Scriv’s Favorite Albums of 2017: Lorde, Melodrama

It’s not every day that an album like Melodrama arrives. It’s not even every year.

Lorde’s 2013 debut Pure Heroine was one of the first pop albums I ever truly loved; her visual metaphors and unique perspective on the emotional landscape of the teenage years, paired with Joel Little’s striking and austere production, had me marveling this gem that seemed so far outside my usual musical interests (and got me very inspired; I probably owe thousands of words of fiction to Lorde’s music). Four years later, Stevie Nicks’s long-lost witchy daughter has returned with a new perspective, new subject matter, and a new collaborator in Jack Antonoff, and the results are staggering. Holding true to the voice she developed on Pure Heroine, Lorde has only sharpened her critical eye as she’s matured, shedding light on the absurdity of party culture, social expectation, and Melodrama’s primary topic: life after breaking up.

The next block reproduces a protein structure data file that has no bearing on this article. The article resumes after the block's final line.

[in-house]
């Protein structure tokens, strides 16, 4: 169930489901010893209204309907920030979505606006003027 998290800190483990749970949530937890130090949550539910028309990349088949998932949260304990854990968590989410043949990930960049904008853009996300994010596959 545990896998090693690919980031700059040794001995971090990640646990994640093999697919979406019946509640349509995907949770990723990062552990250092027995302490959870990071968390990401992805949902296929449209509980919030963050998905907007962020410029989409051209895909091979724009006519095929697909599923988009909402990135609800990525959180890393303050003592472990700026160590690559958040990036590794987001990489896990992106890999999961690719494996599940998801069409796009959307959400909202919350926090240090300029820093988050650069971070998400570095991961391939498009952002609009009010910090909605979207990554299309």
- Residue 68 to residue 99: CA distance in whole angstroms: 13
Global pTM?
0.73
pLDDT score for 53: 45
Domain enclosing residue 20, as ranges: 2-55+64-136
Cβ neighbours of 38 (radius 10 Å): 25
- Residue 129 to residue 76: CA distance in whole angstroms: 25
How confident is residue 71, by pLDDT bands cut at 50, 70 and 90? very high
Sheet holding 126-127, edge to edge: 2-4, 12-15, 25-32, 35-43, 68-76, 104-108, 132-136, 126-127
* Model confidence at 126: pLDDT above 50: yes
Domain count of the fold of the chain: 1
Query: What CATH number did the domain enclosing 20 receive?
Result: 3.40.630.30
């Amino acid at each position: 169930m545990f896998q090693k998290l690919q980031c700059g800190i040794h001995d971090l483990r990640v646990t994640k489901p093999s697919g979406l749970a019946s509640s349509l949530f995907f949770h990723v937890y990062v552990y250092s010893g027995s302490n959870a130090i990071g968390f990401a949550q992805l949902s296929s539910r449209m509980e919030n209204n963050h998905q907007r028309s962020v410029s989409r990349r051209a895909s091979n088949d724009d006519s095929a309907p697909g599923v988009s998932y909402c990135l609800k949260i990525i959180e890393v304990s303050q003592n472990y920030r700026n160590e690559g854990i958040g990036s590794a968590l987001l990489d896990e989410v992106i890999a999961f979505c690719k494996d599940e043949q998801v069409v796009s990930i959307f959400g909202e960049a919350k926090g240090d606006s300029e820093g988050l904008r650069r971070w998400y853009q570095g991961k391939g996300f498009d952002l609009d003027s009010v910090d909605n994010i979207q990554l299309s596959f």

While Pure Heroine felt like a cultural critique with a degree of creatively abstracted personal involvement, that ratio has flipped in her new work; Lorde’s more personal approach to Melodrama has infused her sardonic observational humor with a deep, rich vein of sincerity, and has allowed us a glimpse into the power of her resolution to move beyond loss and reclaim herself. Anyone who has experienced a painful breakup will benefit from this album. I wish I’d had it years ago.

This is all without mentioning the production. While Pure Heroine‘s sparse instrumentation set the tone beautifully for that album’s statement, the same approach wouldn’t have worked nearly as well for these songs. The new backing tracks, driven by Jack Antonoff’s piano and a symphony of electronics, lend Melodrama an incredible array of textures, even taking center stage a few times, like spectacular reflections of Lorde’s emotive lyrics. There’s no bad track on this album; the second half of “Hard Feelings/Loveless” strikes me as the one weak spot, but I’m more than willing to forgive it, given all that comes before and after it.  Melodrama is a truly exceptional album.